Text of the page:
I remember how taken back I was when I realized what I was being charged for an online class in Montana in 2012, where I would never step foot on campus.   I had to pay fees for computer usage, paper usage, recreational facilities usage, library usage, etc. even though the class was completely online and I had no intention of using the schools computers, library, copiers (which they make you pay for anyway), gym, or anything else on campus.  It really did feel like a scam and I'm not sure how it's exactly legal to charge someone (who might not even be in the same state as the school) for such things.

 

My husband was on campus twice in the 5 years he was going to get his masters degree (a class or 2 at a time). He paid an extra fee for online every semester.

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On 8/6/2020 at 2:35 AM, Thinking said:

If BYU had not gone online, one of those opportunities and experiences might have been exposure to Covid-19. He probably would have sued in that scenario also.

Ding, ding-ding-ding-ding-ding-ding-ding-ding-ding!!!!  "Tell him what he's won, Bob!" :D

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On 8/6/2020 at 4:28 PM, bluebell said:

I don’t think he disagrees. I think stormin’ is just saying that there is no perfect way to show or measure the level of knowledge gained in a college class.

Grades attempt to do so but even they aren’t a perfect indicator because they are subject and depend on the professor.  Likewise credits don’t really show the level of proficiency in a subject as much as they show whether or not the student did everything the professor said they had to do to get credit. if the professor is just phoning it in, the student can still get the credit while being deficient in the subject.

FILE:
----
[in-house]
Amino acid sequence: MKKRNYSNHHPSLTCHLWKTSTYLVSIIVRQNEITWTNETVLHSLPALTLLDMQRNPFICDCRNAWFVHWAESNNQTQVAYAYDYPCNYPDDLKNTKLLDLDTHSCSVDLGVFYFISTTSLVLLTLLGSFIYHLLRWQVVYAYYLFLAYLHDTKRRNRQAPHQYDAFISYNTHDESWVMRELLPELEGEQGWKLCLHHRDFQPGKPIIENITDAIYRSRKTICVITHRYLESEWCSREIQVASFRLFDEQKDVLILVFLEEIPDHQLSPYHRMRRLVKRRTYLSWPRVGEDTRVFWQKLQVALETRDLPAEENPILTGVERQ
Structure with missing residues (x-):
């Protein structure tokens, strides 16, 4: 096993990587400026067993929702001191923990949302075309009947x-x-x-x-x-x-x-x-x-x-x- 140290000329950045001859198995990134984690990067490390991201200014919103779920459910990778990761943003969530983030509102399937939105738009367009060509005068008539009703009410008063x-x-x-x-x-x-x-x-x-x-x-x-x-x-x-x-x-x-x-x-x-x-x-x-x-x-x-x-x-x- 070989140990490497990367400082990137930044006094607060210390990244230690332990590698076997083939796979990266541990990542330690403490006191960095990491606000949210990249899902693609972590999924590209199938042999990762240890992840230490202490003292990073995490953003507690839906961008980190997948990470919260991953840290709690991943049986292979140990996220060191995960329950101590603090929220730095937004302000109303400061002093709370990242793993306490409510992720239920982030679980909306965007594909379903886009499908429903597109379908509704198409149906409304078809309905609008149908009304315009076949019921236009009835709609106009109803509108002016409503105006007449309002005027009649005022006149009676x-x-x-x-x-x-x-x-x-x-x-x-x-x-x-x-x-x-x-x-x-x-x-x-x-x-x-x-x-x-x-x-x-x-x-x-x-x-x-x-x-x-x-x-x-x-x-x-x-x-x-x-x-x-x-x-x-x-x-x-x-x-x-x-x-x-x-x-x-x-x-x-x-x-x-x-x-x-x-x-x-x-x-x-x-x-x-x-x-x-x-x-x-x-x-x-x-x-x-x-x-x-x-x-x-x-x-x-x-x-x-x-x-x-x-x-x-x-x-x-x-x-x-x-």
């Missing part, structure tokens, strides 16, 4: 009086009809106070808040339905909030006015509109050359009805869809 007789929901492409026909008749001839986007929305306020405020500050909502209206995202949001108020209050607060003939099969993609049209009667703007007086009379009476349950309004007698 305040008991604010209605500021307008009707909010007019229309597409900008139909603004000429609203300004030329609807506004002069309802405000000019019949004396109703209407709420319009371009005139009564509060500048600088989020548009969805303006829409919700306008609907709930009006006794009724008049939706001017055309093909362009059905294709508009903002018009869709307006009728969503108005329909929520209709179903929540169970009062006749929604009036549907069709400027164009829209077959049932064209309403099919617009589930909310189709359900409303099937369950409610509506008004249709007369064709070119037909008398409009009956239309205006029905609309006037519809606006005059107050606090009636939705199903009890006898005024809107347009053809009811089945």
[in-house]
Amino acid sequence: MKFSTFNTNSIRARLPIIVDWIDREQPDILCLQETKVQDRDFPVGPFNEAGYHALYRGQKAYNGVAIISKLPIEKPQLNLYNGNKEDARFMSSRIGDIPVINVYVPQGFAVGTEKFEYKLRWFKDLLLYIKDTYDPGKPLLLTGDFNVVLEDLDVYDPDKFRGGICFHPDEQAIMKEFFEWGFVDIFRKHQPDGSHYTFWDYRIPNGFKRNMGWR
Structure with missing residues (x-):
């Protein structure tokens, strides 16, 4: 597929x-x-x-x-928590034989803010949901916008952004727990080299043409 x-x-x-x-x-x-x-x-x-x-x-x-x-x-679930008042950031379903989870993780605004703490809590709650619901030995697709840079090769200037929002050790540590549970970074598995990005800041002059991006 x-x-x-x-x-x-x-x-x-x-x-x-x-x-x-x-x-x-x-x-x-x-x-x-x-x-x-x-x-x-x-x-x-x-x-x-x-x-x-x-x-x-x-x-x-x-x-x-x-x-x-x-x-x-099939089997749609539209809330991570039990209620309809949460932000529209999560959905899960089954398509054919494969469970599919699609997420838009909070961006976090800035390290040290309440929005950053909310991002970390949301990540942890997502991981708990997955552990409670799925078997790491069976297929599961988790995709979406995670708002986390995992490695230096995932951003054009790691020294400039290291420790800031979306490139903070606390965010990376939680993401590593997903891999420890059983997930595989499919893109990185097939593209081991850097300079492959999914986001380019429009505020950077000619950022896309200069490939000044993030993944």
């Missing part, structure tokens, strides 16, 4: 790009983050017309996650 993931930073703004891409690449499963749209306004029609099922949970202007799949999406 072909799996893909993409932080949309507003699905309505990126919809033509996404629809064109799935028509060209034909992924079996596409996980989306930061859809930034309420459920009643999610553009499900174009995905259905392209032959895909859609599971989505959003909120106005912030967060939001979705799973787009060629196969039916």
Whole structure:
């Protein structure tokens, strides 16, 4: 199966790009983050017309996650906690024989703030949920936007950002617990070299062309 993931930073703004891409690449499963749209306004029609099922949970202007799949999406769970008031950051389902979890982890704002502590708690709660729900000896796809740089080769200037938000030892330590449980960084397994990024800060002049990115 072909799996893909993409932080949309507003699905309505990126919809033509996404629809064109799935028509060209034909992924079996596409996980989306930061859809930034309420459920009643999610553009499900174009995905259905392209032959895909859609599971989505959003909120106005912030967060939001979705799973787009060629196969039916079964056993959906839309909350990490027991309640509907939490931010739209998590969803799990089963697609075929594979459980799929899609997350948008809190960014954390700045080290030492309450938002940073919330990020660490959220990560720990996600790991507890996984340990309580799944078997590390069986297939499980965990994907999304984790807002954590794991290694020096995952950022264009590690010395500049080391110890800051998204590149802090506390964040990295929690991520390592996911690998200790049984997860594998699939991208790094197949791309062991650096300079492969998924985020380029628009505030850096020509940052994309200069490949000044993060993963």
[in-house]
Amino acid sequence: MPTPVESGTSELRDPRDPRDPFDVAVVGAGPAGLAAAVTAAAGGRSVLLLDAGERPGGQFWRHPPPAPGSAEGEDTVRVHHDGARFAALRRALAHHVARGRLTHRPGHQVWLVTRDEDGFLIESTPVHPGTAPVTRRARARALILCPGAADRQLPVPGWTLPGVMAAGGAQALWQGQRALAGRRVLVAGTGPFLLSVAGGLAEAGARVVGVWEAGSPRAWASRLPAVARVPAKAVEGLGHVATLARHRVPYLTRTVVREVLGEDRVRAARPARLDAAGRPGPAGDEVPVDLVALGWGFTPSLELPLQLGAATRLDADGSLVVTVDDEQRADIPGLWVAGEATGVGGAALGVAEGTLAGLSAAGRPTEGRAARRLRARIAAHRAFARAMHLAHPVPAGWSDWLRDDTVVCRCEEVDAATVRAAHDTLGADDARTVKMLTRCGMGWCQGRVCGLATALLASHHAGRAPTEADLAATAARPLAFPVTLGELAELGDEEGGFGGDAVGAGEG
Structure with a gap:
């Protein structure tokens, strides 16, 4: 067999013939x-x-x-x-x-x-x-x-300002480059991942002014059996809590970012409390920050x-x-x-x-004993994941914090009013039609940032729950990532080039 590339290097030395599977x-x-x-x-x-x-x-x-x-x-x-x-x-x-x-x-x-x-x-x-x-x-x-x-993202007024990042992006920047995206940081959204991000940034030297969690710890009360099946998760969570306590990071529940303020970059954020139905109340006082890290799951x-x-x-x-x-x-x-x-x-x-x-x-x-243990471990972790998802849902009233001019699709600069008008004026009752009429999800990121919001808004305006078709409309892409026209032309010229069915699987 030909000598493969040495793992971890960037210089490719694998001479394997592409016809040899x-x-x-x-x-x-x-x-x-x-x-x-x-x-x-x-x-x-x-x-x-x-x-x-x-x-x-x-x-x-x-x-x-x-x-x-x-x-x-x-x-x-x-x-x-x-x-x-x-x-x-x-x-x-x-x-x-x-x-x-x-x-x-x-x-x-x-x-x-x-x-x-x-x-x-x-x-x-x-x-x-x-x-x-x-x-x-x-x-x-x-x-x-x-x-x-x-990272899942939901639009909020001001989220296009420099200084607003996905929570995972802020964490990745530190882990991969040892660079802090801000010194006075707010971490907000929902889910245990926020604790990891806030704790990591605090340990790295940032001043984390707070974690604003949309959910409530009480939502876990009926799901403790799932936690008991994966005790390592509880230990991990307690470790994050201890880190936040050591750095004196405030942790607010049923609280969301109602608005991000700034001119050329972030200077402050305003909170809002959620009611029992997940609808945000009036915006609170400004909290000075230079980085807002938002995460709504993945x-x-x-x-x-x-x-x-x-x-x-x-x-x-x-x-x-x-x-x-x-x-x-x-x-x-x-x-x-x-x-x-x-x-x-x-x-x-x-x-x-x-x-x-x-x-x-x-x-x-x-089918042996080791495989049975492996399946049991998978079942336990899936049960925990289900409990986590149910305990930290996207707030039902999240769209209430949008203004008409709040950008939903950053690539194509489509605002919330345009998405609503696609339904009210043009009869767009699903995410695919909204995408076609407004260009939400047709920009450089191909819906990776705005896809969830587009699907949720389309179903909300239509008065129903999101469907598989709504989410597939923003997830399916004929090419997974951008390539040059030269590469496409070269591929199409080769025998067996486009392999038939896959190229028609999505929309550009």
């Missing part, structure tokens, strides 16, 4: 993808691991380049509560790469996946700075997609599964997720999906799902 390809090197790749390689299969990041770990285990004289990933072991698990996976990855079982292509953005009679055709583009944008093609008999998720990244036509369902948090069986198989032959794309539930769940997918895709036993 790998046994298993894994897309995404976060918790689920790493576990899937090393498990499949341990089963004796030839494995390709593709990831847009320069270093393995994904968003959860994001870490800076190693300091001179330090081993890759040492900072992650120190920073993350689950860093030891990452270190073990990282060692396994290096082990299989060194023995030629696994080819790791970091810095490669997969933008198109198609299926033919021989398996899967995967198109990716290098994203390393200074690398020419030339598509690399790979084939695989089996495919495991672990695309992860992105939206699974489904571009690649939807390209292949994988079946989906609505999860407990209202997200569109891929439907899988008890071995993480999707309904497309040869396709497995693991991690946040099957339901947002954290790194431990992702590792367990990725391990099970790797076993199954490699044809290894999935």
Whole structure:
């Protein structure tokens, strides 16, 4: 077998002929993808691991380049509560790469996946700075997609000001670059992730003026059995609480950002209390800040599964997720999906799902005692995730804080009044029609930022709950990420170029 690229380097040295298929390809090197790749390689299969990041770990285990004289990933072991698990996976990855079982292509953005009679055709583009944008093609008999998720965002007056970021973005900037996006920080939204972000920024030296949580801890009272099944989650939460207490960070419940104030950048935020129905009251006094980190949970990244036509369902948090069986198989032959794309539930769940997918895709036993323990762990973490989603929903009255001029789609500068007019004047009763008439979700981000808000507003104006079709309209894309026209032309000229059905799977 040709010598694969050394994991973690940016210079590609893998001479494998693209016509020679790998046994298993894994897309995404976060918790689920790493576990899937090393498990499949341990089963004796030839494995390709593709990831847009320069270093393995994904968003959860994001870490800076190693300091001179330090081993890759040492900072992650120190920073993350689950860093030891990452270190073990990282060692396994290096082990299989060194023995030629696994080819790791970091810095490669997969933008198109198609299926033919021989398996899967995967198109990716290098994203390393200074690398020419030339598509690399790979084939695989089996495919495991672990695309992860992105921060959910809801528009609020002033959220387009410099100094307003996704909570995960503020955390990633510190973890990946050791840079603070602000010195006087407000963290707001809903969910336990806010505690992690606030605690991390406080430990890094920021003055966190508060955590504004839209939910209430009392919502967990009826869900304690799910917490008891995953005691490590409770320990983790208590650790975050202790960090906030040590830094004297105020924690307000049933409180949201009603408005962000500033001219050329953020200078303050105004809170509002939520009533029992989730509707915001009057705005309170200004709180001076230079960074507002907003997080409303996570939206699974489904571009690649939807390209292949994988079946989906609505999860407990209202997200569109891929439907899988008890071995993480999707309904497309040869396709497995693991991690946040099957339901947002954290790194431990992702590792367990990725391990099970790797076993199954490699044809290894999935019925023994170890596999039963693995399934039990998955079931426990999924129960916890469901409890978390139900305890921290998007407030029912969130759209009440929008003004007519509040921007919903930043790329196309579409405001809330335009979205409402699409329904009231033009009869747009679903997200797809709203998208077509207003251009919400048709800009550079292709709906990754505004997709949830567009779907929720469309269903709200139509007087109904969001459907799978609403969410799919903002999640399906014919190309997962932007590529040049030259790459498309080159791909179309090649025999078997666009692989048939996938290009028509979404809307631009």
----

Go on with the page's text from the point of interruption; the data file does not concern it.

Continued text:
That’s why it’s so dumb for some jobs to require degrees. A degree doesn’t really prove much or mean anything as to the level of knowledge and proficiency on its own, it just means that the student did what the college required to get it. 

Exactly, and thank you.

 

I would also posit that the only difference between an autodidact and a college grad is that one has a university's seal of approval stamped across the top of his education and the other does not.  The two might be equally well-educated, but the college grad paid tens of thousands of dollars for his accredited education.

 

So, if a good education can be acquired for little more than the cost of text books, then only a small portion of the tens of thousands of dollars of tuition is for the education itself.  What the customer/student is paying for is the university's good name stamped across the top of his education.  In order for that stamp to maintain value, though, there has to be a real education underneath it.  And so it's in the best interest of both student and school to ensure that the education is real.

 

Edited by Stormin' Mormon
spelling corrections
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Autodidacts in my experience generally lack the ability to self critique their own work, conclusions, etc as well as others’ work. Not that having a college degree guarantees critical thinking, but being able to measure sources’ reliability, credibility of arguments, noticing logical fallacies...generally less successful when one hasn’t been assessed by others trained in the field and had to listen to such critiques rather than just blow them off if they want. 
 

And having to deal with criticism of one’s conclusions in the field one is examining is helpful as well as while there is overlap, there are differences. For example, historians doing research probably don’t need to be as familiar with the problems of statistics as sociologists or psychologists need to be. 

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On 8/6/2020 at 10:31 AM, Raingirl said:

Students were notified prior to Fall registration, so he knew exactly what he was signing up for. He thought he was being ripped off but chose to continue. 

Many people lack the strength of their convictions.